EXAMPLES

Propertius 3.17, 14–16.

<ol start="14" class="vrs in1 s49">
        <li>accersitus erit somnus in ossa mea,</li>
        <li>ipse seram vites pangamque ex ordine colles,</li>
        <li>quos carpant nullae me vigilante ferae.</li>
</ol>
  1. accersitus erit somnus in ossa mea,
  2. ipse seram vites pangamque ex ordine colles,
  3. quos carpant nullae me vigilante ferae.

Lucan 1.8—12.

<ol start="9" class="vrs s49">
        <li>gentibus invisis Latium praebere cruorem?</li>
        <li>cumque superba foret Babylon spolianda tropaeis</li>
        <li>Ausoniis umbraque erraret Crassus inulta</li>
        <li>bella geri placuit nullos habitura triumphos?</li>
</ol>
  1. gentibus invisis Latium praebere cruorem?
  2. cumque superba foret Babylon spolianda tropaeis
  3. Ausoniis umbraque erraret Crassus inulta
  4. bella geri placuit nullos habitura triumphos?

When I worked it out the first time I used an elegy by Housman, and the lines were formatted in this way (notice the extra, tedious markup on every other line):

The old markup:

<ol class="poem">
	<li>Signa pruinosae variantia luce cavernas</li>
	<li class="indent">noctis et extincto lumina nata die</li>
	<li>solo rure vagi lateque tacentibus arvis</li>
	<li class="indent">surgere nos una vidimus oceano.</li>
	<li class="show">vidimus: illa prius, cum luce carebat uterque,</li>
	<li class="indent">viderat in latium prona poeta mare,</li>
	<li>seque memor terra mortalem matre creatum</li>
	<li class="indent">intulit aeternis carmina sideribus,</li>
	<li>clara nimis post se genitis exempla daturus</li>
	<li class="insh">ne quis forte deis fidere vellet homo.</li>
</ol>

The new markup:

<ol class="vrs in2 s16">
	<li>Signa pruinosae variantia luce cavernas</li>
	<li>noctis et extincto lumina nata die</li>
	<li>solo rure vagi lateque tacentibus arvis</li>
	<li>surgere nos una vidimus oceano.</li>
	<li>vidimus: illa prius, cum luce carebat uterque,</li>
	<li>viderat in latium prona poeta mare,</li>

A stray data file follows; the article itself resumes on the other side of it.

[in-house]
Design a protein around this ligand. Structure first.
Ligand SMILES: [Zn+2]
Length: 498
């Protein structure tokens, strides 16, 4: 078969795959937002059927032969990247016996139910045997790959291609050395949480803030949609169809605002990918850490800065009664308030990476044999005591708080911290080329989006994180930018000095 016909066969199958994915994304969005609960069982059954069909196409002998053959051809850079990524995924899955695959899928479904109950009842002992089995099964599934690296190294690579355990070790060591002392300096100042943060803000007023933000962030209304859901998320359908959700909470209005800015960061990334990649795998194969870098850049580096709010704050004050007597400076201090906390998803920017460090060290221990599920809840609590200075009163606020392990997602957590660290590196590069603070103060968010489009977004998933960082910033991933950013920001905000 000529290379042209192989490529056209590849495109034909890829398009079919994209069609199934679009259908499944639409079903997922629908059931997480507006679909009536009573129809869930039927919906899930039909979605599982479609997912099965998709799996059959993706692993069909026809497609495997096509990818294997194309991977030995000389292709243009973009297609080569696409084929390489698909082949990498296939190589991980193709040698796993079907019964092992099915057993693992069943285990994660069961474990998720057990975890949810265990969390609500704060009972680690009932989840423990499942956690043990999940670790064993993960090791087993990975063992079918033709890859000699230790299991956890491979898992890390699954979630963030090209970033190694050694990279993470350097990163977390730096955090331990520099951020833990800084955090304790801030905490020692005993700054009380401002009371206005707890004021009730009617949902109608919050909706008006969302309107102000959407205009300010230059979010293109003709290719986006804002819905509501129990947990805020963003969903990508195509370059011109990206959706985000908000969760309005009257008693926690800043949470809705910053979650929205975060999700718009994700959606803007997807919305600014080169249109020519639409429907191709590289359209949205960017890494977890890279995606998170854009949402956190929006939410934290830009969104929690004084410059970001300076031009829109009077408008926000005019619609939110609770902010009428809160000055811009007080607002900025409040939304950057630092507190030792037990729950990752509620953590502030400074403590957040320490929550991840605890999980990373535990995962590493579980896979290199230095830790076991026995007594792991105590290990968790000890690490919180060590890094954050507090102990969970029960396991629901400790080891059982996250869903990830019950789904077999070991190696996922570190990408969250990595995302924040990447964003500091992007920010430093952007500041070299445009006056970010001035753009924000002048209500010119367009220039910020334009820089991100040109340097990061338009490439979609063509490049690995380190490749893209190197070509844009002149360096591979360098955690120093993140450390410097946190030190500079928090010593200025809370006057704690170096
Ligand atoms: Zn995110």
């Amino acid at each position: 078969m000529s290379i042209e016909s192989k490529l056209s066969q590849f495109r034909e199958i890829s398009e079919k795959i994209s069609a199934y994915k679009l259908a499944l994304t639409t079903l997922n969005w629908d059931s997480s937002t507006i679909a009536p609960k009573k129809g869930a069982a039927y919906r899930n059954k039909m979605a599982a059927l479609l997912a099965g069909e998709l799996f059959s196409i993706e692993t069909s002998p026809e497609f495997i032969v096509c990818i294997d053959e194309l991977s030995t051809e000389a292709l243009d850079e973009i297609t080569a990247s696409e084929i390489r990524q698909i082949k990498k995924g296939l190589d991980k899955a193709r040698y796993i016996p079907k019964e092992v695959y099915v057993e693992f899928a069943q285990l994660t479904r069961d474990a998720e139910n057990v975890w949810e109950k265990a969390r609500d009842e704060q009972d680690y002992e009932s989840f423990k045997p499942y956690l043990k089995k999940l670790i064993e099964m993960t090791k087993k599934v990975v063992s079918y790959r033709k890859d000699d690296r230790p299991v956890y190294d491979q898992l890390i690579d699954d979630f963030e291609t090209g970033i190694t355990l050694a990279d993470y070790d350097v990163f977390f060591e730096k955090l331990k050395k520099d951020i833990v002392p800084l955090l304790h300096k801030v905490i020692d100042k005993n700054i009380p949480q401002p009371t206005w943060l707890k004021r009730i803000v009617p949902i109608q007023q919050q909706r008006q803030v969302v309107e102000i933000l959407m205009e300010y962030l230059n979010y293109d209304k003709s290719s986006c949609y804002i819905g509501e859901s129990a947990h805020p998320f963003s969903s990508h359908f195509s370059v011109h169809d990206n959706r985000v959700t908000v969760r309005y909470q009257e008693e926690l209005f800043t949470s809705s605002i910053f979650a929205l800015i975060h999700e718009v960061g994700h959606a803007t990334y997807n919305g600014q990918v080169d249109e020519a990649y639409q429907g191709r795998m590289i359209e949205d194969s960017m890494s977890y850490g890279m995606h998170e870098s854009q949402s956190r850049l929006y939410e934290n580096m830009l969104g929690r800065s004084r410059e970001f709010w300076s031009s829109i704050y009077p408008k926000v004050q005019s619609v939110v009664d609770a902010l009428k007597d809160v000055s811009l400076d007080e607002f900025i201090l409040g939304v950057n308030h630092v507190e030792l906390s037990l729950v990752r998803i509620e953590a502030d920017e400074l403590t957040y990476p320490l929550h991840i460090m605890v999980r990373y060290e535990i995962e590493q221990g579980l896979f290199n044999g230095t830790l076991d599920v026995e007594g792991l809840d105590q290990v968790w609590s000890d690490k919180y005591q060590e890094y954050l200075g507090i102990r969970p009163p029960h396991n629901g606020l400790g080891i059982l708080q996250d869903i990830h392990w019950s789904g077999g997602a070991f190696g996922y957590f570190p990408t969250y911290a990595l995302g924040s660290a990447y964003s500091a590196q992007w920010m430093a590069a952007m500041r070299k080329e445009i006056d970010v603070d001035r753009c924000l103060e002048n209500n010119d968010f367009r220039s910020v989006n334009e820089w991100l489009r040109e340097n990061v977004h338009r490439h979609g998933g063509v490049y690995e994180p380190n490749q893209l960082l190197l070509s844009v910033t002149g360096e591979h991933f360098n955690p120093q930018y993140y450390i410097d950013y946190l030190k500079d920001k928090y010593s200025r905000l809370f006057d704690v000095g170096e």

<li>seque memor terra mortalem matre creatum</li>
	<li>intulit aeternis carmina sideribus,</li>
	<li>clara nimis post se genitis exempla daturus</li>
	<li>ne quis forte deis fidere vellet homo.</li>
</ol>

Notice how much simpler the new markup will be for anyone who chooses to employ it.

Result of the old markup:

  1. Signa pruinosae variantia luce cavernas
  2. noctis et extincto lumina nata die
  3. solo rure vagi lateque tacentibus arvis
  4. surgere nos una vidimus oceano.
  5. vidimus: illa prius, cum luce carebat uterque,
  6. viderat in latium prona poeta mare,
  7. seque memor terra mortalem matre creatum
  8. intulit aeternis carmina sideribus,
  9. clara nimis post se genitis exempla daturus
  10. ne quis forte deis fidere vellet homo.

Result of the new markup:

  1. Signa pruinosae variantia luce cavernas
  2. noctis et extincto lumina nata die
  3. solo rure vagi lateque tacentibus arvis
  4. surgere nos una vidimus oceano.
  5. vidimus: illa prius, cum luce carebat uterque,
  6. viderat in latium prona poeta mare,
  7. seque memor terra mortalem matre creatum
  8. intulit aeternis carmina sideribus,
  9. clara nimis post se genitis exempla daturus
  10. ne quis forte deis fidere vellet homo.

It is virtually identical, but the really important thing is that it’s much easier to do. There are no superfluous class attributes clogging the LI tags, and once you understand them, the classes for the OL tag are pretty intuitive: vrs in2 16 = “a bit verse alternately indented beginning with the second line, and cited from a line number ending in a 1 or a 6.”

Just remember that if the starting line is something other than 1, you need to add the ‘start’ attribute and the starting number, e.g., start=”2″, to the OL tag as in many of the examples above.

ADDENDUM

It can still be a little tedious to add the LI tag to each line of poetry, but if you’re using WordPress this can done automatically by pasting the block of text in the Visual Editor then highlighting the whole block and clicking the ordered list from the editing panel. If you switch back to the HTML Editor you’ll see that you have a perfectly formatted and very clean bit of markup, and need only add the starting number (if not 1) and the required classes.

Just beware of the Visual Editor potentially altering anything you might have done previously in the HTML Editor (e.g., those markup examples printed above became unreadable and had to be re-pasted).

I’m sure that other WYSIWYG editors can also make that part of the process a little easier, but otherwise the HTML editor is the way to go to ensure clean markup.